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Long-Distance Carriers Seeking to Ring Up Profit From Local Toll Calls


The expected battle for the local home phone market has fizzled, but long-distance carriers have shifted their focus to another lucrative front: local toll calling.

These calls represent the confusing middle ground between free local dialing and long-distance. Generally, local calls that travel more than 12 miles are considered toll calls, but the actual charge is based on distance and the oddball geography of the state's calling zones.

The stakes are especially high in California. The state is the largest local toll market in the country, with customers spending more than $2 billion a year and making a quarter of all such calls in the U.S.

Last week, AT&T Corp., Sprint and MCI WorldCom asked California regulators to allow customers to "subscribe" to a local toll carrier--as they do with long-distance. More than 30 states have adopted, or soon will adopt, such a plan.

To tap a competing carrier for local toll calls, a customer must dial that company's seven digit code (10-1X-XXX), followed by the phone number. Customers who dial 1 and a phone number are automatically routed to their local phone carrier.

GTE customers already have the option of subscribing to an alternative local toll carrier without extra dialing. That's because GTE is not a Baby Bell company and is not as heavily regulated as the phone companies spun off from AT&T. But the same is not true for PacBell, the state's largest phone company.

For customers, the choice can add up to big savings.

"It is meaningful, and for some people, it's very meaningful in terms of the amount of money involved," said Brett Azuma, a vice president at Dataquest, a San Jose research firm. "You need only look at Pacific Bell's financial report to see that a good chunk of its revenue and profit comes from local toll."

Since the dial-around system was established almost four years ago, California businesses have saved vast sums on their local toll calls by comparing price plans and using automated systems that eliminate the need for extra dialing.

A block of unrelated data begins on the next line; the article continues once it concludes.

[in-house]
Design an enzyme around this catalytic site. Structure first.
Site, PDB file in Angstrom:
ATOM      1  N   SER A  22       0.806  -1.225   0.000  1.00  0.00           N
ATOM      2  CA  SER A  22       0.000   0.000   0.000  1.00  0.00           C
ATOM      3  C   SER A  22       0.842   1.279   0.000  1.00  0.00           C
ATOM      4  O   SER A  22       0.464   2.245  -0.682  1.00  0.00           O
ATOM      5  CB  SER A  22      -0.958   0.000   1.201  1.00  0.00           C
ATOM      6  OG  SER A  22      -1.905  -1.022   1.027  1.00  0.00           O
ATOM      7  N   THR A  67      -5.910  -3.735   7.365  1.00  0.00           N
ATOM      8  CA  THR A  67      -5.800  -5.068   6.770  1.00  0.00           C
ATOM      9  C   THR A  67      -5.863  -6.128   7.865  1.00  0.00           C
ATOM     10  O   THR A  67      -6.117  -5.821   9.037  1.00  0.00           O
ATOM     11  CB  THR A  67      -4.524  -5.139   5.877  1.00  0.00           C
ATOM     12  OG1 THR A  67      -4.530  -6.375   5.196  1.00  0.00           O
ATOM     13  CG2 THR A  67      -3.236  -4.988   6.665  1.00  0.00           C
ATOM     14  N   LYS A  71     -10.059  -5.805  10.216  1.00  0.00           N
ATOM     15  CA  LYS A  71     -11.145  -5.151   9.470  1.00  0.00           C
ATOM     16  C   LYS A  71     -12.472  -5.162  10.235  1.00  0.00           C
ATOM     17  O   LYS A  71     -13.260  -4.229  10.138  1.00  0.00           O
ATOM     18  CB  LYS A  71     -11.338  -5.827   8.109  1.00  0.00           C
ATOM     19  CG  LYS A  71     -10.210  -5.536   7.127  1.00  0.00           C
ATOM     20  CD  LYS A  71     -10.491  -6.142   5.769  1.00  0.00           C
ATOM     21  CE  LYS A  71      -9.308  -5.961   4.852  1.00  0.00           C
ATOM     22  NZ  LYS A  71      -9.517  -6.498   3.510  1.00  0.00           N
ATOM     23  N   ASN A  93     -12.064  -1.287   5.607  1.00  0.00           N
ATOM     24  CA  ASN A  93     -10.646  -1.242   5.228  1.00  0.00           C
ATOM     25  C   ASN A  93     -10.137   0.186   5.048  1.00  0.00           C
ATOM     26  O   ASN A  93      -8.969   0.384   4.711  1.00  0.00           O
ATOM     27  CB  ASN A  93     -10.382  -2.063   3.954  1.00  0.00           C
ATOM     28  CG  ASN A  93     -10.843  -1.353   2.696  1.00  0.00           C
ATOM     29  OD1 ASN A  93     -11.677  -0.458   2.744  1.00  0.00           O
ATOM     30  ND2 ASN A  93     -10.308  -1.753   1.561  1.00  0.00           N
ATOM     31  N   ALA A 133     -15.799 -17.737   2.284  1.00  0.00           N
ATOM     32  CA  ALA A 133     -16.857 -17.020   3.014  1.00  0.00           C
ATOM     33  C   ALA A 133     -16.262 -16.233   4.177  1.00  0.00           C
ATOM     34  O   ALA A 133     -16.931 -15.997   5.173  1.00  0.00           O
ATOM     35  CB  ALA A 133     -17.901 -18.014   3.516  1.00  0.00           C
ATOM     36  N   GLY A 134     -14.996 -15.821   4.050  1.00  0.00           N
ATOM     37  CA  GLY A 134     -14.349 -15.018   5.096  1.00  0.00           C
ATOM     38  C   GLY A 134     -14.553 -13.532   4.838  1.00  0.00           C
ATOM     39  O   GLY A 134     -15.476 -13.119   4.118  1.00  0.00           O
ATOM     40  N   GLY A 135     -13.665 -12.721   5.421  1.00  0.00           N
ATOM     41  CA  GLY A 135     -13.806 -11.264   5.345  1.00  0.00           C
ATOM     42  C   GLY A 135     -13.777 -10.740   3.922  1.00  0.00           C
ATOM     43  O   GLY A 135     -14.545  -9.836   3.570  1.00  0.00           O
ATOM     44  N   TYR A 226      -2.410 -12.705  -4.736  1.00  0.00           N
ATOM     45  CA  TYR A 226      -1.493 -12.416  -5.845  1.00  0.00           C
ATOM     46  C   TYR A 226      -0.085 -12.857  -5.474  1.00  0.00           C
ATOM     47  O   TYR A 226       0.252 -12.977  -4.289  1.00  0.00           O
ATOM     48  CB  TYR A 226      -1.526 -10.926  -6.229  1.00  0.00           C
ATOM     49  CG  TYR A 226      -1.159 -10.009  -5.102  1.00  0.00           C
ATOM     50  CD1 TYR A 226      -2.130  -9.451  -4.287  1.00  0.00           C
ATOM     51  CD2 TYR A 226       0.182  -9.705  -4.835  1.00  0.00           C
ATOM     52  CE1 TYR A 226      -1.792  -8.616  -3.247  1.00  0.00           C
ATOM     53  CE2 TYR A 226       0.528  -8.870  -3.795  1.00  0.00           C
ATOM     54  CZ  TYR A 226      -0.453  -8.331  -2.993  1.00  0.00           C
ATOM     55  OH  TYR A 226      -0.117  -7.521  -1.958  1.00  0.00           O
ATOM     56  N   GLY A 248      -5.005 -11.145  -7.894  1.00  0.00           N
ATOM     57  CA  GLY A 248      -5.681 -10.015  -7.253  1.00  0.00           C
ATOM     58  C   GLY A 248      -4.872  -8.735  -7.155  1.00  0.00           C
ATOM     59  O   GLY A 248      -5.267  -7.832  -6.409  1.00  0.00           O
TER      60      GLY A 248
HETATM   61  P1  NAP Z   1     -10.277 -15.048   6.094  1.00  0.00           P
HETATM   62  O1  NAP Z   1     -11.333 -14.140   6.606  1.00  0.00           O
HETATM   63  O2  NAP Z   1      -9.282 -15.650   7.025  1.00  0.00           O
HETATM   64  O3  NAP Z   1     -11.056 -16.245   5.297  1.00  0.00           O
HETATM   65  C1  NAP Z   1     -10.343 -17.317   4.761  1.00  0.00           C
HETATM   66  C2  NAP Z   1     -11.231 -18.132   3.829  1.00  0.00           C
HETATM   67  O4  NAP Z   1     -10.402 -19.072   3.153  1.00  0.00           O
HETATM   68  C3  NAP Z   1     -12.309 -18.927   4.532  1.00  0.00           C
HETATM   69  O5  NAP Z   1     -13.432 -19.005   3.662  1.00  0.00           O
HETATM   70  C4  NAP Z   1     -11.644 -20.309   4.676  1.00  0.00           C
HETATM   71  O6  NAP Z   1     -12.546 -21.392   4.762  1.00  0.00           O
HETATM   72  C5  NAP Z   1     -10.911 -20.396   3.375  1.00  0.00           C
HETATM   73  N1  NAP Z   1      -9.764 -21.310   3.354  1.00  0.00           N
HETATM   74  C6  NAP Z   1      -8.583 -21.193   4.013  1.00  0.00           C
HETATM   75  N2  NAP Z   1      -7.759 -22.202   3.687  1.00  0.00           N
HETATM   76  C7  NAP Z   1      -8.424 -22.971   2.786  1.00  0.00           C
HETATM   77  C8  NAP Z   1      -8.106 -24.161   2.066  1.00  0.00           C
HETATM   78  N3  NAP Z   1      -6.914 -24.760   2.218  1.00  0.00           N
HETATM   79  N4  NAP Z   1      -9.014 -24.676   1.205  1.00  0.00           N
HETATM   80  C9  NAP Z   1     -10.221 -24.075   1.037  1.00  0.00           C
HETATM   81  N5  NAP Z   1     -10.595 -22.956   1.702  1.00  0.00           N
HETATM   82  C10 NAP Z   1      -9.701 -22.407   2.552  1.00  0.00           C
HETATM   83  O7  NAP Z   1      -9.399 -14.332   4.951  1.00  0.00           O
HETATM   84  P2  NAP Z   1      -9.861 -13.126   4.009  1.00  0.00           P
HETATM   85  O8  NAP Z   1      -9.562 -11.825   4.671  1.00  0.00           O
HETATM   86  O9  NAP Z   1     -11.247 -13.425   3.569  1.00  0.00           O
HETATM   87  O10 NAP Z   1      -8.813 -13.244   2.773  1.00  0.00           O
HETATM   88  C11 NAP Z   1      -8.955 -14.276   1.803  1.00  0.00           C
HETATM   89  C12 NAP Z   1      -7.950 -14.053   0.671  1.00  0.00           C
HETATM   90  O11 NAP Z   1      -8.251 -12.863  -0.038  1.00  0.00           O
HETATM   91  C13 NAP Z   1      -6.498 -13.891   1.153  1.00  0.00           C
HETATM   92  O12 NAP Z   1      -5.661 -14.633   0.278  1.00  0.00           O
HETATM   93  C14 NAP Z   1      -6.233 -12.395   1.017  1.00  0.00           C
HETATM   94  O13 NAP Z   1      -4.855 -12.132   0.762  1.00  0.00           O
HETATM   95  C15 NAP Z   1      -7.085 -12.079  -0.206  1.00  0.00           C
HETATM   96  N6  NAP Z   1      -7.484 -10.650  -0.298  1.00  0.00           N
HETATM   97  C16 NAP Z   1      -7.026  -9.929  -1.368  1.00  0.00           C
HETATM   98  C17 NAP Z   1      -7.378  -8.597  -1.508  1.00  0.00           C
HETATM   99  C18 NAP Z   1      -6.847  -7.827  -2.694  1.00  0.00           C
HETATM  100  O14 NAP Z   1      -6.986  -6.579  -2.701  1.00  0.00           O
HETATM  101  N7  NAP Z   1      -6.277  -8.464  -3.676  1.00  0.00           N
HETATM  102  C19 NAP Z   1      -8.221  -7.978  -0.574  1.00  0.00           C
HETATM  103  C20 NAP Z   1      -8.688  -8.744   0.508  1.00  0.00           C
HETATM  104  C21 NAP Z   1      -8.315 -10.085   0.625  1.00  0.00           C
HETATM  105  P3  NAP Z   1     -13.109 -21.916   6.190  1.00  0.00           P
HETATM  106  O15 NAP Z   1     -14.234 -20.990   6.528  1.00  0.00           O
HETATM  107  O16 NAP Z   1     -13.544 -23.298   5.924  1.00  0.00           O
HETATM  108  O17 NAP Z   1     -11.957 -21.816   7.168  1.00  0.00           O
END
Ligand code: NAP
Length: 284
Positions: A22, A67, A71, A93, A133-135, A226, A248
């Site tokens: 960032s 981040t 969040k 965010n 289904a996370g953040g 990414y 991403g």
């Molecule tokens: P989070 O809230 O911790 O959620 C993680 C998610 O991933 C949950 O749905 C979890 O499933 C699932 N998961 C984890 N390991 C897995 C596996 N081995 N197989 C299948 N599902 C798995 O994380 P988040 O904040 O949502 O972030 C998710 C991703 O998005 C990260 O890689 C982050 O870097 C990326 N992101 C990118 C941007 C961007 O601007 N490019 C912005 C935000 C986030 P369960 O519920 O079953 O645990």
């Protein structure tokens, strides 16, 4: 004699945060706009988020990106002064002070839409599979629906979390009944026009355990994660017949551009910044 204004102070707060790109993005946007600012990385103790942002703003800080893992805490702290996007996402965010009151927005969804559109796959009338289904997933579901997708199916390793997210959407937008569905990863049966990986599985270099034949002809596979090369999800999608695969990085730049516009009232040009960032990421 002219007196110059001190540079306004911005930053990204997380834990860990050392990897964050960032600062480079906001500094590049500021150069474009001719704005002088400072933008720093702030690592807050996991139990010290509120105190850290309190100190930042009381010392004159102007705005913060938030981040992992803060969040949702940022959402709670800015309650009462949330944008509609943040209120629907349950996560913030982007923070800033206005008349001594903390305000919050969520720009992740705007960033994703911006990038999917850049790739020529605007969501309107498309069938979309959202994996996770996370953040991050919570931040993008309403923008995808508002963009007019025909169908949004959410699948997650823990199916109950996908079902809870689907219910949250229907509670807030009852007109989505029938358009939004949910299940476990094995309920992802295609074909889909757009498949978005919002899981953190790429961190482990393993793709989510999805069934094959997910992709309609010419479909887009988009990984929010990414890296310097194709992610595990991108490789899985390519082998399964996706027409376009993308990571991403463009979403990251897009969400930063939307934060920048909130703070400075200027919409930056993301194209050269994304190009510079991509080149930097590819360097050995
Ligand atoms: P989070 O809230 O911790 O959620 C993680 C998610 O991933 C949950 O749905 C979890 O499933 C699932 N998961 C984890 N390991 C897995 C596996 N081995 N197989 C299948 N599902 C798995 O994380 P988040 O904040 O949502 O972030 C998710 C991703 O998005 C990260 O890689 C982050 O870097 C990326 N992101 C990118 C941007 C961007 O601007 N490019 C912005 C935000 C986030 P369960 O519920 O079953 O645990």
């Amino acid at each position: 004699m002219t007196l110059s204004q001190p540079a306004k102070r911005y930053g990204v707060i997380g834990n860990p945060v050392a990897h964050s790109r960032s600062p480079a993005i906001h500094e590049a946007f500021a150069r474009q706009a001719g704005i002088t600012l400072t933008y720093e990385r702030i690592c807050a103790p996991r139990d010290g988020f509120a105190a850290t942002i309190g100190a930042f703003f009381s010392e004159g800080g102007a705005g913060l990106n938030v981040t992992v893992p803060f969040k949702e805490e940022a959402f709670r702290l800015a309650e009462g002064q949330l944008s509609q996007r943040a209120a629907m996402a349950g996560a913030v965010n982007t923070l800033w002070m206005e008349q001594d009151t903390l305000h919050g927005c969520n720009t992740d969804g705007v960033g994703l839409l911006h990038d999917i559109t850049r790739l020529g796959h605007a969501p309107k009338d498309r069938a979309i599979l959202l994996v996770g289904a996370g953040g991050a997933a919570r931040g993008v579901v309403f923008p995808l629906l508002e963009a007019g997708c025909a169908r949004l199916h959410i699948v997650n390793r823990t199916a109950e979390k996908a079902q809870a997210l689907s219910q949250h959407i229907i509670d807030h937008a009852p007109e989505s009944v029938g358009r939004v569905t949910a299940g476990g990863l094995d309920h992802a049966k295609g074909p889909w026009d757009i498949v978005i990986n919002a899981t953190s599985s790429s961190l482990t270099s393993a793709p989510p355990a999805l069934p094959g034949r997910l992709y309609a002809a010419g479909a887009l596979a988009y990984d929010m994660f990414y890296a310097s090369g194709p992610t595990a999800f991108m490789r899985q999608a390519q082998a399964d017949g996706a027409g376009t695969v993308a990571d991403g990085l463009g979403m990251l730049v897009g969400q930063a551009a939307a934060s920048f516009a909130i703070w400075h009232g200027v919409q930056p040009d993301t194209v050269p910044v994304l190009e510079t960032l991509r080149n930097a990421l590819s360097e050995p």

The stepped-up competition for business customers has pushed all carriers to lower their per-minute prices on local toll calls.

In most cases, the lower prices also are offered to residential customers. But many customers are unaware of their options, while others are discouraged by the extra dialing and daunting complexity of identifying which calls are considered local toll.

PacBell estimates that about 55% of its local traffic from business customers in California has shifted to competitors. The company says it has lost only about 10% of its residential toll calls to rivals, although observers believe the percentage is even lower.

PacBell quotes an average toll-call price of 6 cents to 7 cents a minute. But special plans with monthly fees can offer per-minute prices as low as 5 cents. AT&T says its toll prices range from 5 cents to 7 cents a minute.

Because prices vary widely, customers with a good long-distance plan can find they are paying higher per-minute rates on a call from Los Angeles to Irvine than from Los Angeles to New York.

"It's well worth consumers' time to take a look at what's on the table for them," said Fred Voit, an analyst at Yankee Group, a Boston research firm. "If it's a good rate, it's even worth dialing around."

Regulators don't dispute the potential advantages of allowing consumers to subscribe to carriers other than the incumbent phone company for local toll calls.

But the dispute has become a legal one.

"Pre-ordering [local toll] would make it easier for carriers to compete on a more level playing field, but I'm not sure that's the question before us," said Fassil Fenikile, telecommunications advisor to the California Public Utilities Commission's Josiah Neeper, who is reviewing the matter. "There is a competitive balance we have to keep in mind."

Last year, the state PUC ruled that PacBell would be unfairly disadvantaged if it were forced to give rivals equal access to its toll-call customers before it earns access to the long-distance market.

Under the Telecommunications Act, PacBell and the other Baby Bells must pass a competition check list before winning entry into long-distance--and so far, none of the companies has earned a passing grade from regulators.

But the Telecom Act, which itself is the subject of legal challenges, also requires the local phone companies to grant competitors "equal access" to their toll-call customers by Feb. 8, 1999--even if they haven't yet gained access to the long-distance market.

Now, state regulators must weigh the conflicting rulings. Neeper, who heard arguments from both sides last week, is expected to make a preliminary decision within a few weeks.

Accelerating competition in the local toll market would surely be a boon for consumers. But it also could disrupt the state's complex rate system, which has traditionally set toll prices higher to subsidize a lower monthly fee for basic phone service, regulators and others have said.

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